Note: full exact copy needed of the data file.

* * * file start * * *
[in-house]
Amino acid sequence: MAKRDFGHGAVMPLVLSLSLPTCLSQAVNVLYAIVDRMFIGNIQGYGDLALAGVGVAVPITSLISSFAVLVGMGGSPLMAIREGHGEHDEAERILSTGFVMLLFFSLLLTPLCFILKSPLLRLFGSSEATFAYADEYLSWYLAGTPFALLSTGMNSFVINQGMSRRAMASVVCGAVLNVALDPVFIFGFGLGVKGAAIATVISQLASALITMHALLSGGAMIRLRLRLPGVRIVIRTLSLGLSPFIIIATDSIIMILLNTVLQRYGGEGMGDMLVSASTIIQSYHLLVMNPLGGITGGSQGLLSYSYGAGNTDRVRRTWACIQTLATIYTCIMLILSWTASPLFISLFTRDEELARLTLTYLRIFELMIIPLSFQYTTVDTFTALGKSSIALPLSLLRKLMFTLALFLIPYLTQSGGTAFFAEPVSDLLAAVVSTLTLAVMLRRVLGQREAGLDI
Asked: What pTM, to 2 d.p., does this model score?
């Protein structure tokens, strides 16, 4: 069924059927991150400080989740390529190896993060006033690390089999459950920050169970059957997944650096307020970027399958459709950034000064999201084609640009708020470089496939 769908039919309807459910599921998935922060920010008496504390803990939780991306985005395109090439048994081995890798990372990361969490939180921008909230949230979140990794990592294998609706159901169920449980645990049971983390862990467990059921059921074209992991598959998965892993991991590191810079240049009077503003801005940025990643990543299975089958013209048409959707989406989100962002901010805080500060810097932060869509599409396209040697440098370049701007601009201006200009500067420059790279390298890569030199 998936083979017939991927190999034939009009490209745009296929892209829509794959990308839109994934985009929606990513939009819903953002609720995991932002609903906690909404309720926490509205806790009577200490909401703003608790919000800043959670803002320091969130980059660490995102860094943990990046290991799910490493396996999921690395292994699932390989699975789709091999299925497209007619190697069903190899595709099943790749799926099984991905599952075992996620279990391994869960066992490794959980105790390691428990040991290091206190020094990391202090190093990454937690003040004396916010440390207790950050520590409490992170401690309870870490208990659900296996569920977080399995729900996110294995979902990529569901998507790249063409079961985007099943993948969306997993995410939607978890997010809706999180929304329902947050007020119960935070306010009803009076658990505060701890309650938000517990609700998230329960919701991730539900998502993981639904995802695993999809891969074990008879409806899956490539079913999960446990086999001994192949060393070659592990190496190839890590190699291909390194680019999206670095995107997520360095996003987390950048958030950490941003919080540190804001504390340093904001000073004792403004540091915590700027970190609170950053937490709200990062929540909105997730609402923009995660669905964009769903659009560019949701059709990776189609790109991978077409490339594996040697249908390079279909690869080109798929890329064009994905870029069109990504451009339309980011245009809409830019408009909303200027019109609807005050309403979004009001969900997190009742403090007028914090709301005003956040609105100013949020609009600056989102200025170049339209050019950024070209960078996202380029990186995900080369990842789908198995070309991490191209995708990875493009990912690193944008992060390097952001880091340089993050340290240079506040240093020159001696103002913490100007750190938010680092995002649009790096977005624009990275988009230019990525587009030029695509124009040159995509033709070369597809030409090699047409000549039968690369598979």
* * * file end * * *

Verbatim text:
[in-house]
Amino acid sequence: MAKRDFGHGAVMPLVLSLSLPTCLSQAVNVLYAIVDRMFIGNIQGYGDLALAGVGVAVPITSLISSFAVLVGMGGSPLMAIREGHGEHDEAERILSTGFVMLLFFSLLLTPLCFILKSPLLRLFGSSEATFAYADEYLSWYLAGTPFALLSTGMNSFVINQGMSRRAMASVVCGAVLNVALDPVFIFGFGLGVKGAAIATVISQLASALITMHALLSGGAMIRLRLRLPGVRIVIRTLSLGLSPFIIIATDSIIMILLNTVLQRYGGEGMGDMLVSASTIIQSYHLLVMNPLGGITGGSQGLLSYSYGAGNTDRVRRTWACIQTLATIYTCIMLILSWTASPLFISLFTRDEELARLTLTYLRIFELMIIPLSFQYTTVDTFTALGKSSIALPLSLLRKLMFTLALFLIPYLTQSGGTAFFAEPVSDLLAAVVSTLTLAVMLRRVLGQREAGLDI
Asked: What pTM, to 2 d.p., does this model score?
């Protein structure tokens, strides 16, 4: 069924059927991150400080989740390529190896993060006033690390089999459950920050169970059957997944650096307020970027399958459709950034000064999201084609640009708020470089496939 769908039919309807459910599921998935922060920010008496504390803990939780991306985005395109090439048994081995890798990372990361969490939180921008909230949230979140990794990592294998609706159901169920449980645990049971983390862990467990059921059921074209992991598959998965892993991991590191810079240049009077503003801005940025990643990543299975089958013209048409959707989406989100962002901010805080500060810097932060869509599409396209040697440098370049701007601009201006200009500067420059790279390298890569030199 998936083979017939991927190999034939009009490209745009296929892209829509794959990308839109994934985009929606990513939009819903953002609720995991932002609903906690909404309720926490509205806790009577200490909401703003608790919000800043959670803002320091969130980059660490995102860094943990990046290991799910490493396996999921690395292994699932390989699975789709091999299925497209007619190697069903190899595709099943790749799926099984991905599952075992996620279990391994869960066992490794959980105790390691428990040991290091206190020094990391202090190093990454937690003040004396916010440390207790950050520590409490992170401690309870870490208990659900296996569920977080399995729900996110294995979902990529569901998507790249063409079961985007099943993948969306997993995410939607978890997010809706999180929304329902947050007020119960935070306010009803009076658990505060701890309650938000517990609700998230329960919701991730539900998502993981639904995802695993999809891969074990008879409806899956490539079913999960446990086999001994192949060393070659592990190496190839890590190699291909390194680019999206670095995107997520360095996003987390950048958030950490941003919080540190804001504390340093904001000073004792403004540091915590700027970190609170950053937490709200990062929540909105997730609402923009995660669905964009769903659009560019949701059709990776189609790109991978077409490339594996040697249908390079279909690869080109798929890329064009994905870029069109990504451009339309980011245009809409830019408009909303200027019109609807005050309403979004009001969900997190009742403090007028914090709301005003956040609105100013949020609009600056989102200025170049339209050019950024070209960078996202380029990186995900080369990842789908198995070309991490191209995708990875493009990912690193944008992060390097952001880091340089993050340290240079506040240093020159001696103002913490100007750190938010680092995002649009790096977005624009990275988009230019990525587009030029695509124009040159995509033709070369597809030409090699047409000549039968690369598979």